One of the best-known clichés of industry is that bigger is better – that a larger plant is more efficient, reliable and cost-effective than a smaller one would be. We’ve heard that observation from many folks in the utility business. They know the advantages of wind power, but some assume that a large wind farm will somehow automatically be better than a small one or a distributed series of small ones.
Having worked with wind farms large and small across the U.S. and having witnessed firsthand that when it comes to wind farms, smaller really can be bigger, I thought I’d list a few of those ways.
A Bigger Success Rate
Anyone who has developed wind farms can tell you that navigating the maze of bureaucracy in the development process can be one of the more frustrating roadblocks in the process. Long before construction can begin, or financing sought, or a power purchase agreement negotiated, there are any number of permissions that have to be obtained – zoning, land use, and environmental impact, to name just a few – from a whole alphabet soup of agencies at every level of government.
We have found that the time it can take for any given permit is directly related to the size of the project: the bigger the wind farm, the longer it takes at this stage of the process. Simply put, with smaller wind farms, more projects can get to construction faster than with a single, larger one – which means that communities can start enjoying the economic benefits that wind power development brings sooner.
Smaller projects are frequently developed under a business model called Community Wind, in which there is local ownership in the project and size range of no more than 100 MW. These local owners, rather than simply leasing their property to a wind development company, have an ownership interest in the project. This results in some well-documented further benefits to community. Studies prepared by the National Renewable Energy Laboratory (NREL) found that for every dollar spent on the project, Community Wind farms had two to three times the economic impact on the local community as wind farms with absentee owners.
Let’s use a 50 MW Community Wind project as an example. This could produce fifty to seventy-five full-time jobs during the construction phase; four or five permanent jobs (on-site) once the farm is up and running; $155 million in revenue during operating period (25-yrs); more than $7.3 million in income to farmers and ranchers who lease their land to the project and significant equity remaining in the hands of local owners of the project.
It’s often assumed that simply by virtue of their size, the large wind farms must be less expensive to build, megawatt for megawatt, because they have the advantage of scale. The reality of the situation though is that’s not always the case. Although any one of the Community Wind projects we work on may only need a few turbines, because of the number of farms we are involved with, we are able to leverage similar economies of scale when it comes to procuring equipment because we have a portfolio of projects we are developing across the country with our local partners.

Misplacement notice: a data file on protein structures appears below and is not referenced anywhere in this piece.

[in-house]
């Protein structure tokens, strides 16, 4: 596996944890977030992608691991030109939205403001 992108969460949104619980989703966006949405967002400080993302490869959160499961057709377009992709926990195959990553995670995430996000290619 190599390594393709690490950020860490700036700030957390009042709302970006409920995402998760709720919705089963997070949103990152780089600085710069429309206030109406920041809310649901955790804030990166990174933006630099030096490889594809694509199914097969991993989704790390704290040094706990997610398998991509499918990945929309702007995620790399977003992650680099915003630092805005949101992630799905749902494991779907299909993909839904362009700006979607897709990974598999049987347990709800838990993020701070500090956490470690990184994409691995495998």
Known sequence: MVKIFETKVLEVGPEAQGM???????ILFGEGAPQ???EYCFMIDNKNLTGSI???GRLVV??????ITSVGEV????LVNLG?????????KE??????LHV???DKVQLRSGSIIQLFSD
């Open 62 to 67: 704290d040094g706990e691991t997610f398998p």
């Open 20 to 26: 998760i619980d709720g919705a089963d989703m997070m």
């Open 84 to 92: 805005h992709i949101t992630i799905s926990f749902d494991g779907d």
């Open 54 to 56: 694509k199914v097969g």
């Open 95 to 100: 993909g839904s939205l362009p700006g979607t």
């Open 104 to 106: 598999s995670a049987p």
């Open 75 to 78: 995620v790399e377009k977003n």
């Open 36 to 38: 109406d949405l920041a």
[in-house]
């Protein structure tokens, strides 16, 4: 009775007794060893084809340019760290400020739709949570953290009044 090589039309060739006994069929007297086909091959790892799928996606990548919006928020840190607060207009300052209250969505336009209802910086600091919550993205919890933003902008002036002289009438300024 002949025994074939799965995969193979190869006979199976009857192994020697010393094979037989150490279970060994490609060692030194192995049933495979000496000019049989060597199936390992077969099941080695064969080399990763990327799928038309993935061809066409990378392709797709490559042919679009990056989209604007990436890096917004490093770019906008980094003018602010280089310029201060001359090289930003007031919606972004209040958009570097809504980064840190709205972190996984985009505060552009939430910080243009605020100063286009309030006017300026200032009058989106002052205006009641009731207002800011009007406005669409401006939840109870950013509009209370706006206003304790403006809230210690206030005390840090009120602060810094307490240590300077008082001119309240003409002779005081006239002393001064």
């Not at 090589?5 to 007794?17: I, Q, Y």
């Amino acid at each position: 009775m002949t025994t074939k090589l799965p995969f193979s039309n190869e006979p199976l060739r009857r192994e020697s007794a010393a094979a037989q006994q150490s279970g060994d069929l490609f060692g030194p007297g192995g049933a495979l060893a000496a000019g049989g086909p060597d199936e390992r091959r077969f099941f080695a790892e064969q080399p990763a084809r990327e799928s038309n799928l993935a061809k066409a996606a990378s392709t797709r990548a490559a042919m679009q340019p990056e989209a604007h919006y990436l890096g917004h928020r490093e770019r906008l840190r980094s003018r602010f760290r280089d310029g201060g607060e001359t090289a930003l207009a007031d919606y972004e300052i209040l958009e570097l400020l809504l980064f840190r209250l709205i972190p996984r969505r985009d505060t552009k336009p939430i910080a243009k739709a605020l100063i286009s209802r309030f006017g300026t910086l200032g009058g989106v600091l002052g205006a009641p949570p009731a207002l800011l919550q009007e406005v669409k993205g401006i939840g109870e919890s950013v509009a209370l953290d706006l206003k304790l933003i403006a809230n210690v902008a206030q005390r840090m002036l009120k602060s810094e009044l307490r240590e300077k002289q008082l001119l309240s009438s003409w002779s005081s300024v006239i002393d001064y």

One of the major cost advantages a small wind farm has over larger wind farms occurs when it’s time to connect to the grid. Frequently, mega-farms will require substantial upgrades to the transmission system in order to ensure reliability. Smaller wind farms are able to use lower voltage lines, avoiding the problems of system overloads and costly upgrades to the system caused by the large wind farms. A series of wind farms that can use 69 kV lines are easier and cheaper to hook up than a project that needs to connect to the grid at higher transmission voltages such as 230 kV or 345 kV.
When a given capacity of wind energy is divided among a series of smaller farms spread out across a broader, more regional area, it not only helps alleviate transmission difficulties that face large farms, but it also helps address the problem of wind intermittency. Although no single spot will be windy all of the time, the wind is almost always blowing somewhere. Distributing smaller wind farms over a broad regional area can result in electricity being put onto the regional grid.
[Editor’s note: for a complete and heady discussion of whether or not distributed wind farms increase the stability of the energy resource, see these two pieces of commentary: Geographic Diversification of Wind Power Has No Bearing on its Variability, which states there is no evidence that geographical distribution increases stability and this one, Why Geographic Diversification Smooths Wind Power. The latter post argues that we can reduce the volatility of wind power output by building out the national electric grid and considering the correlation of local winds to the output of other wind farms and local electric demand.]
I have been in this industry for a number of years and the one thing I am most fond of when it comes to smaller projects is the community aspect. To know I have had a hand in creating a revenue generating, renewable energy system that will benefit a community for the next 20-25 years is a tremendous feeling. The decision about what kind of wind farm best suits a particular location, community or utility is a complex one. But in looking at wind energy, it’s important to remember that sometimes “thinking smaller” is really “thinking bigger.”
Robert Crowell is Head of Development at OwnEnergy, a wind development company that partners with landowners to help them develop and have an ownership stake in Community Wind farms. He can be reached at firstname.lastname@example.org